The scene was typical Christmas chaos at the University Towne Centre shopping mall a few days before the holiday. People with bulging shopping bags hurrying from jewelry store to camera shop, salespeople hawking goods and long lines at cash registers.
But perhaps the longest line of all was in front of Santa's house where mothers and fathers with fashionable Aprica baby strollers and well-dressed children in tow queued up to see that jolly old elf in the red suit.
Three-year-old Sheila Cooper was there with her mother, Nancy. In time, Sheila was urged up onto Santa's knee to be bounced and hugged, to be asked if she had been a good girl and to have her picture snapped.
"It's for the kids to look at when they get older," Cooper said. "And it's for the grandparents to look at now, but a lot of it is for the parents themselves, because we remember our own good memories of Santa."
To a generation that some social scientists have described as materialistic and self-centered, Santa Claus seems to have remained a durable ideal.
Despite the push by parents for their kids to excel at an ever earlier age, despite the age of the "gourmet baby," they still want Johnny and Susie to believe in the fantasy of Santa and Mrs. Claus at the North Pole, of miraculously efficient elves and of flying reindeer, just as they did, social scientists say.
San Diego psychologist Steven Hirsch said that while some parents may use Santa as a way to control their kids, most parents are handing down a benevolent and happy tradition.
"Some parents might say 'Hey, I'm going to tell Santa on you' as a way to get kids to do things, but most parents condition their kids to see Santa as a positive image, as a father figure," Hirsch said. "That image can evoke memories of Christmas and allow parents to think about their own past--of their childhoods--in a positive way."
Even so, Hirsch said, many parents tend to forget the fears and anxieties associated with Santa and to idealize what they remember.
"Most parents don't remember that they might have been petrified the first time they sat on Santa's lap," Hirsch said. "Sometimes it is not as good for the kids as it is for the parents. They only remember the good things about seeing this guy who brings you everything you want. But it's nice to have a myth to hand down. People need heroes, and in a sense Santa is one."
At Mission Valley shopping center, Santa is set up in something that looks like a dark plastic igloo, adorned with green wreaths and red ribbons. Parents and kids enter and are greeted by "Santa's helper" at one door and exit through another door, next to cash registers that ring up a brisk business in "pictures with Santa."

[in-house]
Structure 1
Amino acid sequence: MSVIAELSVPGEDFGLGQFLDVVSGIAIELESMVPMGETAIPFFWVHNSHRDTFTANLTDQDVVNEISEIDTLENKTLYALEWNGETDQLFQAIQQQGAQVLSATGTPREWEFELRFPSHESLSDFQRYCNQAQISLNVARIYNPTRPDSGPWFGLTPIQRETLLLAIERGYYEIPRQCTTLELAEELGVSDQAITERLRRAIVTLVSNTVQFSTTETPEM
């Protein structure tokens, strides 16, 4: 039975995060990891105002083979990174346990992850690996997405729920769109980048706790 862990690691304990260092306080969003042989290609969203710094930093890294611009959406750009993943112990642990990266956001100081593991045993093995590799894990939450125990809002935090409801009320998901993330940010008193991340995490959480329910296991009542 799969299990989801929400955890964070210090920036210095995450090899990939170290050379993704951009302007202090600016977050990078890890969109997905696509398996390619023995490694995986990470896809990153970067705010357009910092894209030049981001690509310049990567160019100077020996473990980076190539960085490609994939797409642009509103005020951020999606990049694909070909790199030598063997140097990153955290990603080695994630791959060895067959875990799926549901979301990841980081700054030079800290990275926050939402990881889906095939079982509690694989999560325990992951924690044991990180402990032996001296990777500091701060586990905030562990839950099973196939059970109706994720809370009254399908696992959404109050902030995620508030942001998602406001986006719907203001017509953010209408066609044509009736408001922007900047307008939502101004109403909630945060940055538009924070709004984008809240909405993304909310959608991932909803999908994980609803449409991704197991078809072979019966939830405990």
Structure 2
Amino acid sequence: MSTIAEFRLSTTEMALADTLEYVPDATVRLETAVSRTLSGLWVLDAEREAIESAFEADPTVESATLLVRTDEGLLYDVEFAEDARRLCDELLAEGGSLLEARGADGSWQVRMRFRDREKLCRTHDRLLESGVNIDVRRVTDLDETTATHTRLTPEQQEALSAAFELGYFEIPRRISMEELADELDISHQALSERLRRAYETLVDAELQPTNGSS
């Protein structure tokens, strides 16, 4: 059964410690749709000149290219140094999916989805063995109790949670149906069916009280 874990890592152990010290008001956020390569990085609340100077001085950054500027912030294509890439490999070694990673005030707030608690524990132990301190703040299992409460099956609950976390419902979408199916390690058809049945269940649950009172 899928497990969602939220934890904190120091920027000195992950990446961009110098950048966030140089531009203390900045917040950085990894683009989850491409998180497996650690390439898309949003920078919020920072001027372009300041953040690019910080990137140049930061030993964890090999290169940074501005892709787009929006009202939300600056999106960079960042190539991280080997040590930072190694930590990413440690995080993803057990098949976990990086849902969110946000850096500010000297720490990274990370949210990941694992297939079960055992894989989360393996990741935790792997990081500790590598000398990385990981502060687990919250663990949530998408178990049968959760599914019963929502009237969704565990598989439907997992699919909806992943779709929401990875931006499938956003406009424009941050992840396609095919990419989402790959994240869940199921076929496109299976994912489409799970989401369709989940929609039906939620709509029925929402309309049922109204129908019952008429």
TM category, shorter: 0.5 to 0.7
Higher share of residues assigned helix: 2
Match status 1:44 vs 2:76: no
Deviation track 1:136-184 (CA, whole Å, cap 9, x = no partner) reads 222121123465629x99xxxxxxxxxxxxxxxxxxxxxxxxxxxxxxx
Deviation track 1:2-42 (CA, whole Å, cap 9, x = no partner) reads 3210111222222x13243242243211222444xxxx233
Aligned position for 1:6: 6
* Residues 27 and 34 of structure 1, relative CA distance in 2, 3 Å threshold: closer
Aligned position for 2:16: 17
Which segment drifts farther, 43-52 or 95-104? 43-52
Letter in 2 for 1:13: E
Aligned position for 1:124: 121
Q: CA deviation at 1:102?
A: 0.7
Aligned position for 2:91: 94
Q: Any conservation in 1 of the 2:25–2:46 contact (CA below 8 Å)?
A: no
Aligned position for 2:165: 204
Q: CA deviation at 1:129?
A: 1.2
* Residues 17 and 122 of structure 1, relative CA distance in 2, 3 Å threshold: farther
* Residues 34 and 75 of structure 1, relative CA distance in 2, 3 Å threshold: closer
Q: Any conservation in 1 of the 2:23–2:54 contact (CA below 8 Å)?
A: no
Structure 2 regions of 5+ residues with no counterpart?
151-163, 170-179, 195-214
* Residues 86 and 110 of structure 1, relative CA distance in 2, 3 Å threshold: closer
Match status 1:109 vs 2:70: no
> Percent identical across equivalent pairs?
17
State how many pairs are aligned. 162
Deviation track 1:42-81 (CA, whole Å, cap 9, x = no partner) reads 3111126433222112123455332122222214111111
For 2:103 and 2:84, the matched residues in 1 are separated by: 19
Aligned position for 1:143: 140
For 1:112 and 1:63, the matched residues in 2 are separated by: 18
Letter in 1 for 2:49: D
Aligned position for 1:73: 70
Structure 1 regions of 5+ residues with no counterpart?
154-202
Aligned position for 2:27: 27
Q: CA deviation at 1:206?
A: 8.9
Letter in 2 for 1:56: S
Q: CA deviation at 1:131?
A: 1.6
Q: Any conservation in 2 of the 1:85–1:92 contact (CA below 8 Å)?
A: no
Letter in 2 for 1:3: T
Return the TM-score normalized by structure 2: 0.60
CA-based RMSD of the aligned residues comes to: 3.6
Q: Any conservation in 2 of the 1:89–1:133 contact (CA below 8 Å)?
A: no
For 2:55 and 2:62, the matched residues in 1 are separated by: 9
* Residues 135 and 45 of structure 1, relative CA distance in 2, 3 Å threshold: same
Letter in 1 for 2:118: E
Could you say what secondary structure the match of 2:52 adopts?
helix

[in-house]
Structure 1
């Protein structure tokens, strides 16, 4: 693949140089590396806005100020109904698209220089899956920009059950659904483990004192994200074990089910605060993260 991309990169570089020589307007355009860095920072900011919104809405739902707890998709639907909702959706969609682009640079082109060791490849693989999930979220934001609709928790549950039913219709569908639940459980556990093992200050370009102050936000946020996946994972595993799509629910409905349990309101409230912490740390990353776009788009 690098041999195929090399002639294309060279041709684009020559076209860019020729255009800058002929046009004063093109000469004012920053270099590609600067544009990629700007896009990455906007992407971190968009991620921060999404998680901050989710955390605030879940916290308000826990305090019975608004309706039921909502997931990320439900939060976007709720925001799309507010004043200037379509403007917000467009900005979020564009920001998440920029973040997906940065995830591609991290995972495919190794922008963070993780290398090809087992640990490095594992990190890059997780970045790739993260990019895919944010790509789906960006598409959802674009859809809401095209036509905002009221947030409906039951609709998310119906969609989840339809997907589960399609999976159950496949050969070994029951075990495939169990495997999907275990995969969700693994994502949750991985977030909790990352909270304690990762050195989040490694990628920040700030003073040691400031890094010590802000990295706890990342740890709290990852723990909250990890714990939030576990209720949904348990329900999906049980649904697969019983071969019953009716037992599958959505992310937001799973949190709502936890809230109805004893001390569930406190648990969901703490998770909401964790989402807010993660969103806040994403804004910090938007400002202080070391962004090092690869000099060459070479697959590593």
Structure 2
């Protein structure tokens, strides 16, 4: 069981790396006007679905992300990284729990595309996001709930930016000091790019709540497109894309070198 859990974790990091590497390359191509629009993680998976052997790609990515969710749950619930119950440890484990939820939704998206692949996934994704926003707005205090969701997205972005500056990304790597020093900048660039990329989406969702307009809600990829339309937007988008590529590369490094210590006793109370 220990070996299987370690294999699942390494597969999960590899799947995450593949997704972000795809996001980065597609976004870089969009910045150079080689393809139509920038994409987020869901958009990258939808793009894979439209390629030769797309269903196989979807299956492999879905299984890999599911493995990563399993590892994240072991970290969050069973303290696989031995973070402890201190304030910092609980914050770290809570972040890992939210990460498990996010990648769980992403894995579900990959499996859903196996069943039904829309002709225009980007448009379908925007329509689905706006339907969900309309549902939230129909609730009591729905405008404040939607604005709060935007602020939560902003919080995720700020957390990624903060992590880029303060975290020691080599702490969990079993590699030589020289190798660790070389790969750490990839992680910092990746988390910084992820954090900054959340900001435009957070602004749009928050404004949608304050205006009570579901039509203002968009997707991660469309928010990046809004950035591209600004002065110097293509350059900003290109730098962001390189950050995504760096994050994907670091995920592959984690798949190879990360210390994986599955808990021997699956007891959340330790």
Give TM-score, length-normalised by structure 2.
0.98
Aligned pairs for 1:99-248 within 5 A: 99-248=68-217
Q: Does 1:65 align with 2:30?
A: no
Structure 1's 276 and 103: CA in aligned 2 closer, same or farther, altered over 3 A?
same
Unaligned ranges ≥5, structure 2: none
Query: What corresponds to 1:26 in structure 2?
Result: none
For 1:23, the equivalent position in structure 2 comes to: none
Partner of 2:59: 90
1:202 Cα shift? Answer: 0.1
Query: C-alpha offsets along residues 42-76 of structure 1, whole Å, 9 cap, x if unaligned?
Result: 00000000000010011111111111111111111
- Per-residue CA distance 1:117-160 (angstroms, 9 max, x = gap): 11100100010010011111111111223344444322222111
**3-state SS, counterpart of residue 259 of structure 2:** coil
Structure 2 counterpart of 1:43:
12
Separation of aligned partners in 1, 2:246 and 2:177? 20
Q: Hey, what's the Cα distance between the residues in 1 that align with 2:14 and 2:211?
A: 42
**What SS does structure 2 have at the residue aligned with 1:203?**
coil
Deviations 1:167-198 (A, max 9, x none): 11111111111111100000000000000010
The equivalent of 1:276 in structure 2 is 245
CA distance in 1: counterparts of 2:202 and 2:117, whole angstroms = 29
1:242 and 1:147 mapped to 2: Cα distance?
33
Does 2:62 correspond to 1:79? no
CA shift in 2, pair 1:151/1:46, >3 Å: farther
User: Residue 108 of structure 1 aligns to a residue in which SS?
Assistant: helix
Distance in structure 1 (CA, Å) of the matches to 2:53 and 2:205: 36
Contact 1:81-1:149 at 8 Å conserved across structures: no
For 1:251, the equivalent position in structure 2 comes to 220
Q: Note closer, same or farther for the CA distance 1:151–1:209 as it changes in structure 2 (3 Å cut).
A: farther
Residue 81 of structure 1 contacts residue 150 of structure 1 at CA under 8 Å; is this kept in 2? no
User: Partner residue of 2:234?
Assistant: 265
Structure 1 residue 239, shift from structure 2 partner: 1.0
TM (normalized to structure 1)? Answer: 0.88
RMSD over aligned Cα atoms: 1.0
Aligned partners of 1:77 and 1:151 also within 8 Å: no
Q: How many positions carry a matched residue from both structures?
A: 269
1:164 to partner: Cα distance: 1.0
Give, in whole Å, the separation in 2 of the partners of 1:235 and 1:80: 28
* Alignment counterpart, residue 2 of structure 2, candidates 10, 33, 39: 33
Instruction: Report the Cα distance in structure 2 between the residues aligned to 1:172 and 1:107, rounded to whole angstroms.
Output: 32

M. J. Heggeness of Tierrasanta explained that each year her children get their pictures taken with Santa, so that year after year of Santa pictures can be placed on the mantel or sent off to grandma--like a family rite. And that is exactly what it may be, said Stanford folklorist Renato Rosaldo.
Rosaldo said that through such traditions, families tell themselves stories about who and what they are.
"How a family opens the presents, how they feel about Santa, how and when they sit down to dinner, these are all family traditions that become intertwined with the myth and the reality of Christmas," Rosaldo said. "And in a sense, this is what keeps the myths going. It might culminate in a day, but a lot of the things associated with it--the generosity, gift giving--continue in our day-to-day lives."
But Rosaldo said that too often, in today's young families, the giving is an extension of "consumerland."
"Many of these young parents live in a world of commodities--very upwardly mobile--and even a portfolio with Santa becomes an extension of this," Rosaldo said. "If they baked cookies and gave them to the kids, it would be a little different."
Kathy Cates, the West Coast regional manager for Rich Studios, a firm that provides Santas and Santa's helpers and Santa set-ups for shopping malls around the country, said that parents in the so-called "Yuppie" generation are still looking for traditional values and goals to pass on to their children.
"I think parents know that if they (kids) don't have something to believe in now, they won't have anything to believe in later," Cates said. "They want to offer to their children a fantasy to believe in, something that they believed in themselves. The idea of giving gifts, generosity, love--that is something that no parent in any generation wants to detract from."
And so Santa endures as he always has. Four-year-old John Brison of Rancho Penasquitos knew that the Santa inhabiting the pine-tree forest at La Jolla Village Square was not a real one.
"He's just a man dressed up like Santa," John said. "Everybody knows the real Santa only visits on Christmas Eve."